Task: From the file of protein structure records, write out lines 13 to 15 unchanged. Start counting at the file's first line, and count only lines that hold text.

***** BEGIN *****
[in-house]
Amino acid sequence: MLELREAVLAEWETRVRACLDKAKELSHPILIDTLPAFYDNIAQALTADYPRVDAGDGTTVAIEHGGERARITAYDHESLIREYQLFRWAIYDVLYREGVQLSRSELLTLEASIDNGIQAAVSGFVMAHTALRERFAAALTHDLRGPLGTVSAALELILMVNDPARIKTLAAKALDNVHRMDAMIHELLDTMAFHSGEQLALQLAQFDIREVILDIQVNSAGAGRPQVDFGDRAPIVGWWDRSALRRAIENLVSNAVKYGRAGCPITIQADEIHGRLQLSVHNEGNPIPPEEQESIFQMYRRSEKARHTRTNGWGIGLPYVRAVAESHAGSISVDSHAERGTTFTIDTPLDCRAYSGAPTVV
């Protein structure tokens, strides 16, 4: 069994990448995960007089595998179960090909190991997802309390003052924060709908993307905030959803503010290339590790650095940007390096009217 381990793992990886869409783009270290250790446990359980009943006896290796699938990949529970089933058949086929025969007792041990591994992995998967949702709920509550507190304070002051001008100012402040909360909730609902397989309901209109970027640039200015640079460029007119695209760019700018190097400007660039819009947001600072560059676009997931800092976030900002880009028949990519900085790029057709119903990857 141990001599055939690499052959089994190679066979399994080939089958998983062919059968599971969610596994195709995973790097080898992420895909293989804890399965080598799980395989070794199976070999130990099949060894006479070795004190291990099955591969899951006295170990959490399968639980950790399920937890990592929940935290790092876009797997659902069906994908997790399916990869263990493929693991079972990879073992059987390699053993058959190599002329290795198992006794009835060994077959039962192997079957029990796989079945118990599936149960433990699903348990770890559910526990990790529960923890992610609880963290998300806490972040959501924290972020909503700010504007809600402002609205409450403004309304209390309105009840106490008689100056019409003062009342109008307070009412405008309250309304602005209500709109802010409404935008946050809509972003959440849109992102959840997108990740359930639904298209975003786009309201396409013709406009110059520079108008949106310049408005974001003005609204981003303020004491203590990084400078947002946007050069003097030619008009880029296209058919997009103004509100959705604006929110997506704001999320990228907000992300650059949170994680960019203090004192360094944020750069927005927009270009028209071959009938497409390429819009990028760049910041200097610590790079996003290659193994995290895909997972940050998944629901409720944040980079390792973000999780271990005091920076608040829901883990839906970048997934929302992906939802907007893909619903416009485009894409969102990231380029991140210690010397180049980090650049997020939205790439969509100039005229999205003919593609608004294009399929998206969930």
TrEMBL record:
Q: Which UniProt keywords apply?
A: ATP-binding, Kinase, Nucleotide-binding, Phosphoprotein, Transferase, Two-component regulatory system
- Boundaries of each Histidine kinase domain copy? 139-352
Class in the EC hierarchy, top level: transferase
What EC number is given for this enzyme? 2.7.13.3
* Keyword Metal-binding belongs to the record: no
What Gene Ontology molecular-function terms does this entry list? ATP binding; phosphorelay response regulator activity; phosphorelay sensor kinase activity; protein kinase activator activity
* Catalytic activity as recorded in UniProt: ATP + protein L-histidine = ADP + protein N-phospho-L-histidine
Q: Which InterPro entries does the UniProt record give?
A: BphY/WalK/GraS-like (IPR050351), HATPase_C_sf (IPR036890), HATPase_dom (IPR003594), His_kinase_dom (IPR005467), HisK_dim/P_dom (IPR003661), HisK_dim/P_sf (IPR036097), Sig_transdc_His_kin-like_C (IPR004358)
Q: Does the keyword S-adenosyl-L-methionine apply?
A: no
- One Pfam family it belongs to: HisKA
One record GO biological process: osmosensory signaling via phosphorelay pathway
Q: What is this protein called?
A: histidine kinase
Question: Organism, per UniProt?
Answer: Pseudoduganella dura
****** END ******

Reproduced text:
Q: Which InterPro entries does the UniProt record give?
A: BphY/WalK/GraS-like (IPR050351), HATPase_C_sf (IPR036890), HATPase_dom (IPR003594), His_kinase_dom (IPR005467), HisK_dim/P_dom (IPR003661), HisK_dim/P_sf (IPR036097), Sig_transdc_His_kin-like_C (IPR004358)
Q: Does the keyword S-adenosyl-L-methionine apply?